The Chelsea Flower Show 2014 is away and running with 15 main Show Gardens vying for gold medals and the Best in Show prize. Have a look through and then let’s see if you pick out the same design trends that I do. Not being at Chelsea Press Day this year, I sadly missed out on Benedict Cumberbatch visiting with his mum, the bikini-clad model sitting in a giant shell in the BrandAlley garden, Princess Beatrice wearing a very short skirt, and actor and comedian Rob Brydon heading for the bar.
I’ll lead with the Positively Stoke-on-Trent garden as I love this delicate, pastel cloud-like shelter that seams to float about it.
As I’m not at Chelsea this year so these pics come from my generous friend Charlotte Weychan, aka The Galloping Gardener.
The strong banding contrast in ‘The Extending Space’, designed by new comers Nicole Fisher and Daniel Auderset is also an eye-catcher. It also shows how little overhead work you need to create a sense of garden enclosure.
‘Hope on the Horizon’, sponsored by the David Brownlow Charitable Foundation and supporting ‘Help for Heroes’ is Charlotte’s favourite this year. Those heavy granite blocks look fabulous sitting amid the airy, wispy planting.
One garden design I liked a lot off the plan is ‘A Garden for First Touch at St George’s’ designed by Patrick Collins. It’s designed to raise awareness of premature babies, but for me it’s about the use of levels. I’d probably fancy a less fussy planting plan but then that wouldn’t be very ‘Chelsea’.
Another that’s caught my eye is the heavy copper-patinated arches in the Brewin Dolphin garden designed by another Chelsea newbie, Matthew Childs. In the original plan, they look like they were planned to be less blue and more verdigris, but I like the blue.
BrandAlley has moved up to Main Alley this year with a Paul Hervey-Brookes design for a Moorish-style garden. Hmm…maybe this is much more impressive and interesting in real life.
One if the favourites for Best in Show this year is the Laurent-Perrier garden designed by Luciano Giubbilei. True, it would make a lovely back garden but it’s not my favourite.
Another hot favourite for best in show is designer Cleve West and the M&G garden which apparently has something to do with turtles. It has an interesting octagonal central area which you can see more clearly in the plan below.
‘No Man’s Land’ (below) is a war-themed first Chelsea garden for designer Charlotte Rowe.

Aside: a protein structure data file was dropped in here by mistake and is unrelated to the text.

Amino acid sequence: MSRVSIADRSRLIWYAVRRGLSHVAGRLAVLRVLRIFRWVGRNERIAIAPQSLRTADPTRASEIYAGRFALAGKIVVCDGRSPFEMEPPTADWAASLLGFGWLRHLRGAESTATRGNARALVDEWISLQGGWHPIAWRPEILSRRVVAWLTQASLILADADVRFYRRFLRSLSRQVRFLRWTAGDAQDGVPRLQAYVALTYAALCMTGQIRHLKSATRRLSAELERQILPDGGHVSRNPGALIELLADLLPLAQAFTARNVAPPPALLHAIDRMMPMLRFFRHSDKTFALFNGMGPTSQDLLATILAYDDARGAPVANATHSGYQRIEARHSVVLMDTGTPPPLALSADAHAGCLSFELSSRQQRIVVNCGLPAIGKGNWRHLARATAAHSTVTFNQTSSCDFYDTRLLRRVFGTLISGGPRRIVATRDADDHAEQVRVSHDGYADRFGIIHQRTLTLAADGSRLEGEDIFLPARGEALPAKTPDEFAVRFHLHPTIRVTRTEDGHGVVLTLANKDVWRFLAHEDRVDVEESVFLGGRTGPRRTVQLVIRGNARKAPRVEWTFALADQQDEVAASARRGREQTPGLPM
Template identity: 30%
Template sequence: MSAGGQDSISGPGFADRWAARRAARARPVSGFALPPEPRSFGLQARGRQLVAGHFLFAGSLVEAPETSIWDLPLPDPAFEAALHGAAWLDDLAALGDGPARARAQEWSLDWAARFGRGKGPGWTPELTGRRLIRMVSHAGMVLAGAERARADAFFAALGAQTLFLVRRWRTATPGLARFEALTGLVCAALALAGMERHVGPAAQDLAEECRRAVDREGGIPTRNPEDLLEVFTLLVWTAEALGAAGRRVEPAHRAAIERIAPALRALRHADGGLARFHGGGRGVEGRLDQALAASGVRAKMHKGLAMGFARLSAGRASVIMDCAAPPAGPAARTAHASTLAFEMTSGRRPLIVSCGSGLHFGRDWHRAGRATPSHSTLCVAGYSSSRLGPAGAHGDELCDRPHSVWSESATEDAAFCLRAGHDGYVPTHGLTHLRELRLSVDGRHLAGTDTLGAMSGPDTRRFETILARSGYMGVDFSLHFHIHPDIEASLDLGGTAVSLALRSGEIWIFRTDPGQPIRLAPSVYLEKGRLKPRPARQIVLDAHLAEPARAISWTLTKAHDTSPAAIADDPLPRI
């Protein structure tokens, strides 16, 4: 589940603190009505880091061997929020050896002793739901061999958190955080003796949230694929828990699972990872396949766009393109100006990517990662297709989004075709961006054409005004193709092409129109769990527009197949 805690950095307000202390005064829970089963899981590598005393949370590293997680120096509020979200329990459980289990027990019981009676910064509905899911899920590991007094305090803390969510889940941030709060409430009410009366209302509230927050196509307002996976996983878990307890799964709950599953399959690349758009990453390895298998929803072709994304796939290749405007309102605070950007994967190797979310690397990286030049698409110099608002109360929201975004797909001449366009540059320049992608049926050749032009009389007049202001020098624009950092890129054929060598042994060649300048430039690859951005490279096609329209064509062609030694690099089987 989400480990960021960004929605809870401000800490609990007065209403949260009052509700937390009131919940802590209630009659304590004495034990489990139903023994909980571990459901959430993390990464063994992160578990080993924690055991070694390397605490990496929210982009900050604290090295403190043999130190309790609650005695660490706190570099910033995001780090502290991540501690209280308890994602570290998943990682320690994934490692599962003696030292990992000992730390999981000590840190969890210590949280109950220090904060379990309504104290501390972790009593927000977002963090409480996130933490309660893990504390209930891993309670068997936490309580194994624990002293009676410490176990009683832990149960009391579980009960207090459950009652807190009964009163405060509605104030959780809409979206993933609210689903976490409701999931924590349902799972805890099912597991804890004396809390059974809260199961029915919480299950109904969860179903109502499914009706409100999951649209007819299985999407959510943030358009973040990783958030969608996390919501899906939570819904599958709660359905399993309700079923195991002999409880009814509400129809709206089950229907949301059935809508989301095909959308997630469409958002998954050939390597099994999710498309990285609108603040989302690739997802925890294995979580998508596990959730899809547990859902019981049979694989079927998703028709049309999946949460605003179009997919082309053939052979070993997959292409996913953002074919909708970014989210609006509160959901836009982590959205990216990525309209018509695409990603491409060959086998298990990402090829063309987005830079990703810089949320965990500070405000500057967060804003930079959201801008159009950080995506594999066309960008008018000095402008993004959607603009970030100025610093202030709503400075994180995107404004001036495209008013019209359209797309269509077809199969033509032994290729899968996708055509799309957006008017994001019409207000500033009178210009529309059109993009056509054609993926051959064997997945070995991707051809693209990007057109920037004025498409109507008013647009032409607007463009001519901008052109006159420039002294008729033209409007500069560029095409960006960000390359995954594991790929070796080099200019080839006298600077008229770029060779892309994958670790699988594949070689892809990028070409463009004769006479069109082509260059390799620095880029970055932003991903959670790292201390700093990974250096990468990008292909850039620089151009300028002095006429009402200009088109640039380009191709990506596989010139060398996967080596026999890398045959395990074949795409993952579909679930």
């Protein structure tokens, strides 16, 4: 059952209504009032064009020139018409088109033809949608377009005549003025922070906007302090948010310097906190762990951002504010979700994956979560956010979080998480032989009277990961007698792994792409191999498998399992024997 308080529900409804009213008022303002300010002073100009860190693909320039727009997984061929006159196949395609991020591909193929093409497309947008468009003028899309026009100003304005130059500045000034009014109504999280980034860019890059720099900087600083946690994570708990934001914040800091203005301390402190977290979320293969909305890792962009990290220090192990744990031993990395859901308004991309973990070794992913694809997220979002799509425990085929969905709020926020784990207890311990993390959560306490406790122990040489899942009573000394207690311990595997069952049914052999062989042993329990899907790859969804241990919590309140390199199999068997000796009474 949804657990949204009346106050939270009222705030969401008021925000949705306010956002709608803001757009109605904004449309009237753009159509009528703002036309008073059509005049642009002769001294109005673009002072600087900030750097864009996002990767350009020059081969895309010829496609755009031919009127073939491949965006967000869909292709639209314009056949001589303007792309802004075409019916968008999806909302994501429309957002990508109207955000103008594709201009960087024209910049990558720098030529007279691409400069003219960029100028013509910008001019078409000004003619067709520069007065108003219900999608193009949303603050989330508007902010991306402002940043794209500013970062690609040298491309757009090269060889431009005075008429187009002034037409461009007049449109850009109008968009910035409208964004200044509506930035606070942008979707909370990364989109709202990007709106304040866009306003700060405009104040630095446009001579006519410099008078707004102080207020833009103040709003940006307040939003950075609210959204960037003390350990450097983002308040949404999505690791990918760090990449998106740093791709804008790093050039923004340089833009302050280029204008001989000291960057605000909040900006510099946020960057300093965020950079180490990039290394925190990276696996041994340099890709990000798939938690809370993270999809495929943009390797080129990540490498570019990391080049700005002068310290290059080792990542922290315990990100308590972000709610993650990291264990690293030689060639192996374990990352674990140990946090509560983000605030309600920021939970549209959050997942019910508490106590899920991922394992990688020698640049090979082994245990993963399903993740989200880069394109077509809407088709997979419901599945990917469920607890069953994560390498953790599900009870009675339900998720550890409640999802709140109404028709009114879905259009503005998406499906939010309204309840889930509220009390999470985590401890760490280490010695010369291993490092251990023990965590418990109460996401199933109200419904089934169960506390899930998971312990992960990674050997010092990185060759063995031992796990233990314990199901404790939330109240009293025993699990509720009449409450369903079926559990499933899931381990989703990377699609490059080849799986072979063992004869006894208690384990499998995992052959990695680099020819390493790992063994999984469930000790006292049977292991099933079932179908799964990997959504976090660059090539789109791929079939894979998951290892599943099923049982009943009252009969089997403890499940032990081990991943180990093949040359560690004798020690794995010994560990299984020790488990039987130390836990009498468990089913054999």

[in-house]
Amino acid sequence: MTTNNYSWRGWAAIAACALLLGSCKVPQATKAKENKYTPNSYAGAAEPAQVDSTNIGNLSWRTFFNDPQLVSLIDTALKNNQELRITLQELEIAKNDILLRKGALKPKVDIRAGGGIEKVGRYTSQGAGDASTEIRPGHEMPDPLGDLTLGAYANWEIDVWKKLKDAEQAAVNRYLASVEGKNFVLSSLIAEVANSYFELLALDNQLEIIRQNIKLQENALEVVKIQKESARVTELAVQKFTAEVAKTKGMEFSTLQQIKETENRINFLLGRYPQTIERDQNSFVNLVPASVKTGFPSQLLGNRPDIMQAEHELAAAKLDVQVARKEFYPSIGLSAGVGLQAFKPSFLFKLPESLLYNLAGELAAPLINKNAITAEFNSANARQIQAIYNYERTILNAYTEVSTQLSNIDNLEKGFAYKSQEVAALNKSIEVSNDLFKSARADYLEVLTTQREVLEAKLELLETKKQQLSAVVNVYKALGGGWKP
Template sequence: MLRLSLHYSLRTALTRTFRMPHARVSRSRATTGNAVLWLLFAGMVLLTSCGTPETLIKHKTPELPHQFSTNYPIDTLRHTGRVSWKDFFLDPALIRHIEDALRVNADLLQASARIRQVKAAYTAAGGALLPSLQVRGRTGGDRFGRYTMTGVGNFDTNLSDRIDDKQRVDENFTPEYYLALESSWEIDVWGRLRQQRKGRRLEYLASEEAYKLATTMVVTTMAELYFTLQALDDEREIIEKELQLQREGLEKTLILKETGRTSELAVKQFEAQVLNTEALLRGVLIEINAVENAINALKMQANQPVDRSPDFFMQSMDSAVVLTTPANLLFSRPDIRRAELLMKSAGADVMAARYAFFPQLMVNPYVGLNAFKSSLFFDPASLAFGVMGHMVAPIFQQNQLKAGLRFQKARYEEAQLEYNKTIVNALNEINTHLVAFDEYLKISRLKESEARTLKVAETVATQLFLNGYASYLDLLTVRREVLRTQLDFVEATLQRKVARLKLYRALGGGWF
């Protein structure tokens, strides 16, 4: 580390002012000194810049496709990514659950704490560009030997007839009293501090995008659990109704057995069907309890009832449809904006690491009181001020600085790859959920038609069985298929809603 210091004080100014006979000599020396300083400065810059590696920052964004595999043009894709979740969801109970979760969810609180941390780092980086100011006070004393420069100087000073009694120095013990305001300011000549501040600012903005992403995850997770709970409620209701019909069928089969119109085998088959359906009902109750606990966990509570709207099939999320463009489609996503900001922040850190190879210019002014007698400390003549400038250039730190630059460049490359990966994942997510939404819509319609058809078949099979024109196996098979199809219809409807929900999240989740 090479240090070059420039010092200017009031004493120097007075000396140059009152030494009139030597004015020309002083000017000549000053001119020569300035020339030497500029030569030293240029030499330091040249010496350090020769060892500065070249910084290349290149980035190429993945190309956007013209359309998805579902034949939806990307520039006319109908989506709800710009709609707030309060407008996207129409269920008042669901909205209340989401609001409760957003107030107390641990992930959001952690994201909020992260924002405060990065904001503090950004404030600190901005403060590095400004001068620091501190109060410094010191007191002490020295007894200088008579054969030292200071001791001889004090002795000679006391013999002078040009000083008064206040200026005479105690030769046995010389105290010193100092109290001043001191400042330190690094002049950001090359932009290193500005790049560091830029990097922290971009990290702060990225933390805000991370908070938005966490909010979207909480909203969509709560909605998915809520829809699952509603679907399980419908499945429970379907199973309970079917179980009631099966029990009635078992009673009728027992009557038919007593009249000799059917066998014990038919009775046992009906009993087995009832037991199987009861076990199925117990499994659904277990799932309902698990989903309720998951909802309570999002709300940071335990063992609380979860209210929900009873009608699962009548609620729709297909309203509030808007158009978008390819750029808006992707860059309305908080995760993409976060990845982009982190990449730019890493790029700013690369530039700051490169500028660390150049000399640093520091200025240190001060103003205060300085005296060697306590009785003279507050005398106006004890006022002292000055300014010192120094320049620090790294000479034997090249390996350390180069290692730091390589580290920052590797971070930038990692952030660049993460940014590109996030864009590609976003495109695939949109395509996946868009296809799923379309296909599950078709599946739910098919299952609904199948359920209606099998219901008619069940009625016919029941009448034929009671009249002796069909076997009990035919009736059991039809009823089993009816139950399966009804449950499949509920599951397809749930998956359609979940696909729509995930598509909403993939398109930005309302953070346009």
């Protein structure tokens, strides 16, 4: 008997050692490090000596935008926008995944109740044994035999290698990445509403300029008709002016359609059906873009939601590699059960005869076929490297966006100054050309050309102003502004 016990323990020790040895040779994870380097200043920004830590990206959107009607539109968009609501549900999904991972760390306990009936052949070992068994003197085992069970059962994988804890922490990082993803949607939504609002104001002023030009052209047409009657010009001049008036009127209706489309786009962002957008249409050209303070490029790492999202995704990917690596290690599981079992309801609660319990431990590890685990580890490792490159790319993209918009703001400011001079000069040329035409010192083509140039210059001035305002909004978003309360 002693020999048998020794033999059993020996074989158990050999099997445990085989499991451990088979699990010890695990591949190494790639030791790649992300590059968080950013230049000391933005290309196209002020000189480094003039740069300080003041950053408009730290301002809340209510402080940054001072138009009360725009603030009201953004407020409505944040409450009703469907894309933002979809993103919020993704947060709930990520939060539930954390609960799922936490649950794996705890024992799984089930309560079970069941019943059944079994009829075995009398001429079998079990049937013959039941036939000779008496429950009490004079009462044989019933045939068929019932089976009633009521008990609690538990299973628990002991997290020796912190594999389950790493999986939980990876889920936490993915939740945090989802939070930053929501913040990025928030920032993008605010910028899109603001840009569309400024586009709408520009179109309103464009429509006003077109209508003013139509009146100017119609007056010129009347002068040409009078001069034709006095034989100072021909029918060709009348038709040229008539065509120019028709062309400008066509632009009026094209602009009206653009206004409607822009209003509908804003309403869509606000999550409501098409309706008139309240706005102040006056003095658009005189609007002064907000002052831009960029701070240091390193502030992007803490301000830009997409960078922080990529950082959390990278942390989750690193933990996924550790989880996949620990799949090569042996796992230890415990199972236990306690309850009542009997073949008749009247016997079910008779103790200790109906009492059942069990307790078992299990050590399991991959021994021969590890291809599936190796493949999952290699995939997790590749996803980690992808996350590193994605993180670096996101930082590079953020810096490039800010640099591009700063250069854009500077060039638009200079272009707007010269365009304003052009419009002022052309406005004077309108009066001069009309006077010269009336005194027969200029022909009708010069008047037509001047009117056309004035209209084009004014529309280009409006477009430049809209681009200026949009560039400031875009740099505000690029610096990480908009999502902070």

The UK Telegraph Garden designed by Tommaso del Buono and Paul Gazerwitz – I rather like this. The shape of the clipped shrubs makes them look almost liquid, like they’ve melted, and what a superb stilt hedge. Those tree trunks look as regular as milled timber.
Here’s a slideshow of the other main show gardens:
So my design trends from Chelsea this year? First, obviously, if you don’t have purple flowers in your 2014 planting scheme then you must have missed out on the designers’ ring-around. Except for alliums. Second is a conspicuous absence of built pavilions/shelters or ‘”the shack at the back” as it was called by garden columnist Tim Richardson. There’s a sense of enclosure but it’s suggested rather than a real building. And intermingled perennial planting is still de rigueur which, I have to admit, I’m pretty over as it’s about as anti-gardener as it can get. By that I mean it’s a garden catwalk fashion that’s can’t be created or maintained by us mere mortals – unless you’re aiming for a fleeting five days of brilliance à la Chelsea, and forget the other 360.
This year’s Chelsea Flower Show has a new scorecard-style judging system with gardens awarded marks for: overall impression – impact, originality, theatre, scale; objectives – have the design objectives been achieved; construction – material selection, quality, workmanship, finish; choice of plants – quality, colour, texture, plant association and relevance; overall design – unity, balance, creativity, and spatial awareness. For the first time this the teams will be given a scored sheet so they can see how they went in each category. This is supposed to counteract some of the ‘group think’ charges that have been levelled at judging results in previous years, notably designer Christopher Bradley-Hole’s diatribe against the 2013 Australian Flemings/Trailfinders win. I suspect it might open Pandora’s Box.